Some employment law cases, like those pertaining to retaliation, wrongful termination, and discrimination, end up heading to trial, but most of these cases end up settling before they get to that point. There are several reasons for this. Employers oftentimes want to avoid the bad publicity created by prolonged litigation, and they might expect to save money by settling rather than paying extensive legal fees and risk being subjected to a larger judgment at trial.
Although you might be tempted to resolve your case sooner rather than later, you should only do so if it’s truly in your best interests. But how do you know if that’s the case?
Signs that it’s time to settle your employment law case
Settlement isn’t right for everyone. In fact, depending on the facts of your case, you might recover more compensation by taking your case to trial. But here are some signs that you might be in a position to settle your case:
- You’re concerned about the evidence: The strength of your case is going to make a difference in how you approach your case. If you’re worried that the evidence either won’t support a judgment in your favor or that it may not get you more compensation than what’s being offered in the settlement agreement, then you should probably consider settling your case instead of risking it all at trial. But before making that determination, you need to conduct a thorough analysis of your case and the facts.
- You’re suffering financially and don’t have access to resources: Your employment law claim is going to take some time to play out. For some, the wait is unbearable due to the financial strain that they face. If you’re going to struggle to stay afloat while your employment law claim plays out, then you might want to consider settling your case. Before you do so, though, you should consider other options, such as turning to your family and friends for help and considering something like a lawsuit loan.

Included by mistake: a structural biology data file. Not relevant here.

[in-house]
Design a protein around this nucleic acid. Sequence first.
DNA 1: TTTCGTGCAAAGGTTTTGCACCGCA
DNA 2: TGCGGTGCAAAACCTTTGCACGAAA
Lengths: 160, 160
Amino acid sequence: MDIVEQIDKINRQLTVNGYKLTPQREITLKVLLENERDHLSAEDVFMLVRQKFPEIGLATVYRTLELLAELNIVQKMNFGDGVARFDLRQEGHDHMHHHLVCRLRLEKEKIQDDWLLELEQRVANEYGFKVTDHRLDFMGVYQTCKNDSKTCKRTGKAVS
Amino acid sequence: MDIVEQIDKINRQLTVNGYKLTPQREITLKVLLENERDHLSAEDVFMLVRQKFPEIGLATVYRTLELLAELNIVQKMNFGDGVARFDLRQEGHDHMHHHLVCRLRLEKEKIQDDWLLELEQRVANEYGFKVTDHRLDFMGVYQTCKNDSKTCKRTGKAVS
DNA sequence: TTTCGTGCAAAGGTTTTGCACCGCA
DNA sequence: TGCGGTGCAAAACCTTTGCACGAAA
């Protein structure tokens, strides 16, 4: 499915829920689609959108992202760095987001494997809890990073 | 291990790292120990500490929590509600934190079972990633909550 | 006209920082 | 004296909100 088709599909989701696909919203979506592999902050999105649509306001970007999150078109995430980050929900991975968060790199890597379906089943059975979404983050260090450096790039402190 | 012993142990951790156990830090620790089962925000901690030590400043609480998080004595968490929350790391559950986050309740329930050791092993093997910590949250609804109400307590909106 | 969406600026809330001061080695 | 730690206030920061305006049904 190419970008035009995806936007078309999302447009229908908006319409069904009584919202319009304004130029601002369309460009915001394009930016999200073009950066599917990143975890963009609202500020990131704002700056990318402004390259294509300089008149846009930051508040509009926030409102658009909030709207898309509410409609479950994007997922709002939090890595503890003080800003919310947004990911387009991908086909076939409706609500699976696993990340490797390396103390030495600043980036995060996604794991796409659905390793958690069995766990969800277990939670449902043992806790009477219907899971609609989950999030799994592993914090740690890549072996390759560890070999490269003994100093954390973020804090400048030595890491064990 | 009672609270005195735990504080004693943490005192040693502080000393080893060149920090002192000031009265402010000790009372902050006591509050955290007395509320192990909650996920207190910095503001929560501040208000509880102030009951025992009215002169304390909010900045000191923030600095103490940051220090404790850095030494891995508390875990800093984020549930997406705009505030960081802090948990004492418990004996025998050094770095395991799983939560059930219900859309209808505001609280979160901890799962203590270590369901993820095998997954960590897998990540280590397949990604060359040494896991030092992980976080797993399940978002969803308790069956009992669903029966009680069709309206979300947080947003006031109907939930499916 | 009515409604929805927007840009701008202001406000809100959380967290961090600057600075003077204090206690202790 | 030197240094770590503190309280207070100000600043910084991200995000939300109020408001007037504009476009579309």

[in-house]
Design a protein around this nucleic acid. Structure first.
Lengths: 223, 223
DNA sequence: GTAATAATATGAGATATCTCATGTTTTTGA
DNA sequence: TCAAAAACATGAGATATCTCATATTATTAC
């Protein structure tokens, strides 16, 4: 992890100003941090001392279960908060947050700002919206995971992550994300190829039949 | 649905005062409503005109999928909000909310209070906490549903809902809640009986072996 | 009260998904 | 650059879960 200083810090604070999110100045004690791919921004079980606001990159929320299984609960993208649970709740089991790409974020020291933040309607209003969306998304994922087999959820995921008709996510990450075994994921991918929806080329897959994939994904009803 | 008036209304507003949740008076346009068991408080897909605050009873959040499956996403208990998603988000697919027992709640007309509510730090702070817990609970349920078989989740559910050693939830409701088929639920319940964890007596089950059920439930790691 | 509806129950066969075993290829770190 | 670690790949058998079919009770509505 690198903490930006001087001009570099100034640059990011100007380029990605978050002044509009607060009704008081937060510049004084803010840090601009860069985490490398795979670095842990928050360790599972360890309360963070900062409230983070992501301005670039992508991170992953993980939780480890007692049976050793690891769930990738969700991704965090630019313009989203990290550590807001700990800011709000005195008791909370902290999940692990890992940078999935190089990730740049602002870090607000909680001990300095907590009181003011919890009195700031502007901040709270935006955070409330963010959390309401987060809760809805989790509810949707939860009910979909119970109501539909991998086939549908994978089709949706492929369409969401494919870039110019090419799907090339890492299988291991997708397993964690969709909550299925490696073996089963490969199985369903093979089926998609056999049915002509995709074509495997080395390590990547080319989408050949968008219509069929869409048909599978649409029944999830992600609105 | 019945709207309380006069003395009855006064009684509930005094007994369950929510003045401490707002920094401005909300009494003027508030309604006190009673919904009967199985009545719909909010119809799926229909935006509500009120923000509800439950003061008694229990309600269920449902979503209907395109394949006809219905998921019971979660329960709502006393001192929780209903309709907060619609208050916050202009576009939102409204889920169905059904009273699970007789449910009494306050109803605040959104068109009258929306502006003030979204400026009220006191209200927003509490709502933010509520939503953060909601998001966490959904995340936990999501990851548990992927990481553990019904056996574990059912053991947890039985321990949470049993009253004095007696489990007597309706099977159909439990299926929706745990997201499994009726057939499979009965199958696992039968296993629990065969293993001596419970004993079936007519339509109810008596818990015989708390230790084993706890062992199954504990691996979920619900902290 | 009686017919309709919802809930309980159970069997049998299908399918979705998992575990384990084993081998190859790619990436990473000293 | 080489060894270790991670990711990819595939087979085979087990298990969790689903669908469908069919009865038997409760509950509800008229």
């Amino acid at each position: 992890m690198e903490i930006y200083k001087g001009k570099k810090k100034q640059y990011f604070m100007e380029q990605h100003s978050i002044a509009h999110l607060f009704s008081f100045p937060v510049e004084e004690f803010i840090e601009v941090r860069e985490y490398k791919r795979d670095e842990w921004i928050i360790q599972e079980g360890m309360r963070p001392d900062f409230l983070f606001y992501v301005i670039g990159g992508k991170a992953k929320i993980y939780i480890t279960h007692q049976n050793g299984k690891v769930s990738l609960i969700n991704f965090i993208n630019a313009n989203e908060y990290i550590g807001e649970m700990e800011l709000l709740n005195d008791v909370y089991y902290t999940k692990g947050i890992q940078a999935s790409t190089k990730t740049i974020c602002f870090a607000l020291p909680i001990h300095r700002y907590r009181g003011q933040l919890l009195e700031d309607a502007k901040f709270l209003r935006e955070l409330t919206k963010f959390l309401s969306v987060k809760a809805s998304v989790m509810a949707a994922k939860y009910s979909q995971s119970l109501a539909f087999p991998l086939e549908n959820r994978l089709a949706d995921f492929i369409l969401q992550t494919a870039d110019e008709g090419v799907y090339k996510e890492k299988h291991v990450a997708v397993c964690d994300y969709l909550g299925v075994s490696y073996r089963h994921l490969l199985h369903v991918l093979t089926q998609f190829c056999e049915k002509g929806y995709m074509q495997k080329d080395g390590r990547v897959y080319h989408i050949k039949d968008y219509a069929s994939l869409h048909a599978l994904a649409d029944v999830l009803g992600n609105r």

- There’s evidence that you engaged in behavior that you don’t want to be made public: Not all employment law cases are clean. Many of them have facts that can be used to paint the plaintiff in a negative light. Although these facts may not completely derail your case, they could damage your reputation and thus your ability to secure subsequent employment.
- The settlement offer falls closely to the amount of damage that you’ve actually suffered: You may not get everything you hoped from your settlement, but if it comes close, then it might not be worth the extra time and expense to take your case to trial. So, think carefully about what’s really at stake by taking your case to trial.
- There are terms in the settlement that lead to practice improvements for the employer: Sure, the ultimate goal of pursuing a lawsuit against your employer is to recover compensation for the damages you’ve suffered, but there may be other terms in your settlement that make resolving the case worthwhile. This includes guarantees to change practices, which could protect workers in the future. You may not get these sorts of changes if you take your case to trial.
Don’t leave your employment law case to chance
Winning your employment law case can turn your life around. With so much on the line, you need to build the thorough and aggressive case you deserve. So, if you’re ready to take the fight to your employer or former employer, then now is the time to start crafting your strategy.